Ride: Heading to the next stop by tuk-tuk, may have been one of the kid’s highlights. There’s so much traffic, it may just be the most fun way to get around town.
Cruise: Board a long tail boat for a ride along the bustling Chao Phraya River and the quieter klongs (canals). You’ll pass Wat Arun, the 19th century Temple of the Dawn and the Royal Barge Museum. Disembark at Tha Chang pier, to spend the afternoon at the Grand Palace and Wat Pho. Wat Pho is known as the Temple of the Reclining Buddha, housing the most enormous Buddha in Thailand at 160 ft. It is also home to the original Thai massage school, and a working monastery. There are numerous chedis containing the ashes of the royal family. The Buddha is covered in gold leaf supported by a base made of glass mosaic, his feet are inlaid with mother of pearl—just beautiful. We stayed a long time admiring him. Even the detail on the ceiling and walls were fascinating. I could’ve stayed all day, really.
Unwind: What a treat to have a relaxing foot or shoulder massage after walking around the temple. If you've never tried a traditional Thai massage, Wat Pho is a good place to experience one. It’s invigorating rather than relaxing, incorporating yoga style stretches to relieve stress and improve blood circulation. This is a very popular activity at Wat Pho temple, so reserve in advance! All four of us in one room, getting massages at the same time: priceless!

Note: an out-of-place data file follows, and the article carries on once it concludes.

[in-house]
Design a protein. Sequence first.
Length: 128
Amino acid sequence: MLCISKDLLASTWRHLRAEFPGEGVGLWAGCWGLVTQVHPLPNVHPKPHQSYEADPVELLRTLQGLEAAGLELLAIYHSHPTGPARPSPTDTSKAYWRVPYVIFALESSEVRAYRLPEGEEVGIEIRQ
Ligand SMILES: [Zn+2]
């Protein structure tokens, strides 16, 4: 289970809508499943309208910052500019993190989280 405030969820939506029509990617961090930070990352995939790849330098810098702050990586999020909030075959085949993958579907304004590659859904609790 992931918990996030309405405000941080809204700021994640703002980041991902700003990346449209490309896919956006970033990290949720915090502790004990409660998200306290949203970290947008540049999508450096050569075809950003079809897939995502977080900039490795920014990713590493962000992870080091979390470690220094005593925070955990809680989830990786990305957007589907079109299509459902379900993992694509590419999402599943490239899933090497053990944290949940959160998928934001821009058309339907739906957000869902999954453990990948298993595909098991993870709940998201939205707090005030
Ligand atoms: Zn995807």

One More: The kids may have had their fill of temples at this point, but we couldn’t leave without seeing the Emerald Buddha at the Grand Place, once the private home of the Thai monarchy. At the royal complex the statue is housed in an equally impressive hall with richly decorated walls. Worth seeing, even the kids agreed.
Aperitif: Have a sunset drink on the banks of the river at the hotel or head to the Arun residence, a 4-story hotel and restaurant, also abutting the Chao Phraya with an open lobby with views of Wat Arun, beautiful at night.
Dinner: I’m still dreaming about our meal at Nahm, considered one of the best restaurants in Asia, located in the Metropolitan Hotel. Thai cooking this good from an Australian chef—yes, please! David Thompson’s restaurant is not to be missed.
After Hours: Bangkok is beautiful from up high, and is well known for its rooftop bars. The Long Table is an ultra chic restaurant and bar, located on the 25th floor of the Column apartments. The restaurant is named after it’s 70-seater table, believed to be the longest in the world. Sitting outside on the patio with stunning views of Bangkok below was a fitting end to a hustling, bustling day in this chaotic, exotic city.
- A Daytripper itinerary 1.3.15